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There is a place that today's industrial society desperately wishes to find. In prior eras, people sought Nirvana or the Fountain of Youth or Shangri-La – states of mind (or nothingness) as much as places, really. The object of today's quest has no neighbors, no endangered or threatened species, no hydraulic link to precious groundwater; ideally, it has no connection to the biosphere at all.

That place is called "away," as in, "Let's dig up this contamination and haul it away," or, "We need to take this waste away." The public and private sectors in the United States have spent billions of dollars looking for "away," but when they have found it – usually in some western desert – a pesky geologist or biologist spots a seismic fault or a rare moss that shatters the illusion of ecological nothingness.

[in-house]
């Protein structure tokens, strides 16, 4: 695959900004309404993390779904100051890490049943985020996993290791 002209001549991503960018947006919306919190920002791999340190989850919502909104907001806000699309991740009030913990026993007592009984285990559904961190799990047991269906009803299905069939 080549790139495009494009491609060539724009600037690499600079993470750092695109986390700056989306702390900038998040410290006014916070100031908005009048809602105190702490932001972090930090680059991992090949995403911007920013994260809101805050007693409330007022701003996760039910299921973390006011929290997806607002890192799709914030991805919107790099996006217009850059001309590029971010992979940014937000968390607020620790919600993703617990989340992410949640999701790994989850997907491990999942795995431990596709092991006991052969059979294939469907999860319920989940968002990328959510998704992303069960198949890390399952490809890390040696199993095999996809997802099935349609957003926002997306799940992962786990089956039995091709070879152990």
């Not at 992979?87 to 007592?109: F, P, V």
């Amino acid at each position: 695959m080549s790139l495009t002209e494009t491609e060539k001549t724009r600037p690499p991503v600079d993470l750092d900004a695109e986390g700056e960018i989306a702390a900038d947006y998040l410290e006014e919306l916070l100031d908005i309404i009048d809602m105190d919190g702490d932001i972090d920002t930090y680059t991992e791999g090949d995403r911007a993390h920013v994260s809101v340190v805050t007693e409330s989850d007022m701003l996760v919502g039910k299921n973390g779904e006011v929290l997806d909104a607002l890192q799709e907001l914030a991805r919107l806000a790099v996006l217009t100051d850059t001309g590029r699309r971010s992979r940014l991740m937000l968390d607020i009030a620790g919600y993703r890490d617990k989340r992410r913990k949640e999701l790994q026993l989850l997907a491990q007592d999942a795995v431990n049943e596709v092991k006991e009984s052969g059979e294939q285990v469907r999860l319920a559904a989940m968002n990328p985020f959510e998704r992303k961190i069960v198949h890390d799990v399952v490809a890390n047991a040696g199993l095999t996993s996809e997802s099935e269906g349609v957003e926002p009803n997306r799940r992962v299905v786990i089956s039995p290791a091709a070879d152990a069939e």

The exploration for "away" continues, but until the expedition returns, imperfect sites will have to be picked for the disposal of hazardous waste. The necessary compromise that characterizes this unenviable task has proven maddeningly difficult. Since the enactment of the Resource Conservation and Recovery Act in 1976, only one new hazardous waste landfill has opened (and stayed open) in the United States on a site not previously used for waste management. It is in Last Chance, Colorado.


Environmental Law | Law


Siting Hazardous Waste Treatment Facilities: The NIMBY Syndrome by Kent E. Portney, Westport, Connecticut: Auburn House, 1991, pp. xiv, 181, $39.95.